Attrition… The U.S winning tactic in the civil war, WW1 the Somme. “I read this, it’s not an epiphany” but it makes sense. Basturds, I mean it won, but like… Surely we could have, whatever. Ze German Blitzkrieg is explained thus in WW2, they understood their trained army was neutralized in that battle and they didn’t intend to repeat it. Seemingly, we did intend to “charming” but adapted. It is relevant, machine guns etc.
Hmm… The Fiat-Revelli Modello 1914 also had a circulating pump rather than a condensing vessel. The Salvator-Dormus later had a weird belt-feed, if I’m not mistaken…
The breech system of the S-D resembles that of the Remington-Rider rolling-block single-shot rifle in principle. If you thing of the “support block” as the hammer of the rolling block, reinforcing the breechblock at the instant of discharge, it becomes pretty obvious. Even though the supporting block works more like the breechblock of a Peabody-Martini.
That open-framed gravity-feed magazine has always puzzled me. The 8 x 50R Austrian Mannlicher round has about the dimensions and profile of other rimmed “smallbore” rounds of its day, like the 8 x 58R Danish Krag, 8 x 60R Portuguese Guedes M85, 8 x 53R Murata, etc.
Like them, it has a distinct taper. Not as much as an 8 x 50R Lebel, but it’s there.
I would expect a magazine or hopper feed for a round with that profile to “bend the other way”- like a Bren or Madsen magazine.
I suspect that this hopper feed might have been fairly prone to getting rounds dropping into the lower section with the noses cocked up- a sure way to cause a stoppage (feed-phase “smokestack” aka “church-steeple” jam).
This may have been why the U.S. Army wasn’t too impressed with it.
I found an image that could be relevant:
That thing right in the middle with the spring-loaded plunger appears to be the trigger unit.
Directly to the left, you can see how it works – when the plunger is down, its tip stops the feed block.
Actual needed clearance for a delay mechanism to prevent case seperation or burst, or swell, is the distance of a few milimeters from the breech end of barrel. Therefore, it is fairly hard to obtain this delay with the solely push movable screw steps. Its delay value should be on the slowing effect of the breechboolt motion to get a softer recoil kick like the function of recoil spring. On this particular firearm, real delay effect should be obtained by the rolling breechbolt working as an accelerator for the support block and sharing the gained momentum as to give speed to support block and to give the delay for rolling breechbolt, just like being on Lever or Roller Delay mechanisms. IMHO.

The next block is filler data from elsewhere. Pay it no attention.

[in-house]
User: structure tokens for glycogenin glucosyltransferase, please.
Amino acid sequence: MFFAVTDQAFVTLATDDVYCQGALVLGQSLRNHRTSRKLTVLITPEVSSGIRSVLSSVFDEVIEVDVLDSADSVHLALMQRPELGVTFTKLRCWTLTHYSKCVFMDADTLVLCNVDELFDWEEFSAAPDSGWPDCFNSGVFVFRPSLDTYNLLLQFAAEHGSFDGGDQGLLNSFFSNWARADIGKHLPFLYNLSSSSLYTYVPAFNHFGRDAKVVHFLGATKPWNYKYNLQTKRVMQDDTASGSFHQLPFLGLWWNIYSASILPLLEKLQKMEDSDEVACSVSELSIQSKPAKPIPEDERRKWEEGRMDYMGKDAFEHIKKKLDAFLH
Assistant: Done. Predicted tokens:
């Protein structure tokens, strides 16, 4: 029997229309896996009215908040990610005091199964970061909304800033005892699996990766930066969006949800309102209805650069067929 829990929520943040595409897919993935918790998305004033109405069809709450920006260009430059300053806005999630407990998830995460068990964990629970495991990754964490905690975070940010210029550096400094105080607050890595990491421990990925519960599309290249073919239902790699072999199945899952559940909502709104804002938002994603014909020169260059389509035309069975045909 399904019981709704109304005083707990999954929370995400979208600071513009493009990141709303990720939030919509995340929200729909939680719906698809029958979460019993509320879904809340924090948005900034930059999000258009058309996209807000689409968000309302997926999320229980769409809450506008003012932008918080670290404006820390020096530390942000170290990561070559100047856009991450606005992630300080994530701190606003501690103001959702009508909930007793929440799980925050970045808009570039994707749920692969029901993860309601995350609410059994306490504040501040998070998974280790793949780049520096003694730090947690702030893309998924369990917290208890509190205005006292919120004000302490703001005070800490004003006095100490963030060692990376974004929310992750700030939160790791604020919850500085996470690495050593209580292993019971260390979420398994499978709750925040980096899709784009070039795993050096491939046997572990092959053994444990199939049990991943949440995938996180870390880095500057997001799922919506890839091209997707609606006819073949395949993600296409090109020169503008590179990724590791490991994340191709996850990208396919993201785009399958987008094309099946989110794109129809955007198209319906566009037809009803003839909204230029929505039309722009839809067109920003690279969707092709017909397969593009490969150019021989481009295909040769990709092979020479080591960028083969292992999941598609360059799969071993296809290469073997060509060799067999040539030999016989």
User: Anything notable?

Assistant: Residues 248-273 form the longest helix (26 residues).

It’s simply an amazing looking gun, more like a time piece than a machine gun.
The accounts seem to imply that the gun(s) were used either in the defense of or the relief of the Legations in 1900. They’re also ambiguous enough to allow for the guns to have stayed on board ship and to have been used against the defenses at Taku(?) “55 Days at Peking” was on on TCM not too long ago. Needless to say, there was no Skoda gun featured in the film.
I just wanna ask if Ed lives in Austria, or did he just visit the HGM back then?
This image shows the Salvatore-Dormus with a metal shoulder stock with what appears to be a trigger attached to that:
It looks like it simply holds the pendulum in the rearward position.
Interesting – but I think that’s a later model, the water jacket seems thicker, the top of the hopper looks different, and the weight on the pendulum appears to have a different shape as well.
On second look, I’m not sure that’s actually a trigger at all – I think it’s just the crank handle, that happens to be in line with the pendulum in the photo.
The Heeres Geschichtlichemuseum, which I think I spelled correctly, (Army History Museum) in Vienna is AMAZING. I had the opportunity to spend a couple hours there while in Vienna on business last year.
The Napoleonic to WWI-era small arms collection is unbelievable (WWII is well-covered also, but I think many other museums cover that just as well). Plus medieval arms and armor. Plus the conning tower of an Austro-Hungarian navy submarine, aircraft, etc.
I took a photo of this weapon, among many others, during my visit and looked it up. Yes, very steampunk!
The centerpiece of the collection there, though, is the vehicle that Archduke Franz Ferdinand was riding in the day he was assassinated, along with his pregnant wife, in 1914. Along with his uniform from that day. And the four Browning Model 1910 7.65mm pistols used (the actual one that Gabril Princip used is not known, it’s one of the four he and his co-conspirators had). Exactly two rounds were fired, and they resulted in two fatalities that had such huge consequences.
Sorry for going on the tangent about the museum but if you are anywhere near Vienna you really should go.
Theres a rare pic on this page of the guns loaded with their gravity feed magazines and the magazine carriers,it also shows just how tall the magazine and its guide actually was despite the very compact nature of the rest of the gun.
Theres also a great shot of a naval mounted version minus its magazine guide which really shows off just how compact this early machine gun actually was
And heres a neat old postcard showing the gun set up on its tripod loaded with a magazine with its operator.
These photos are great, they seem to answer some of the questions above. Thanks for posting!
offtop: Zenta is a light “protected” cruiser, not a “battlecruiser”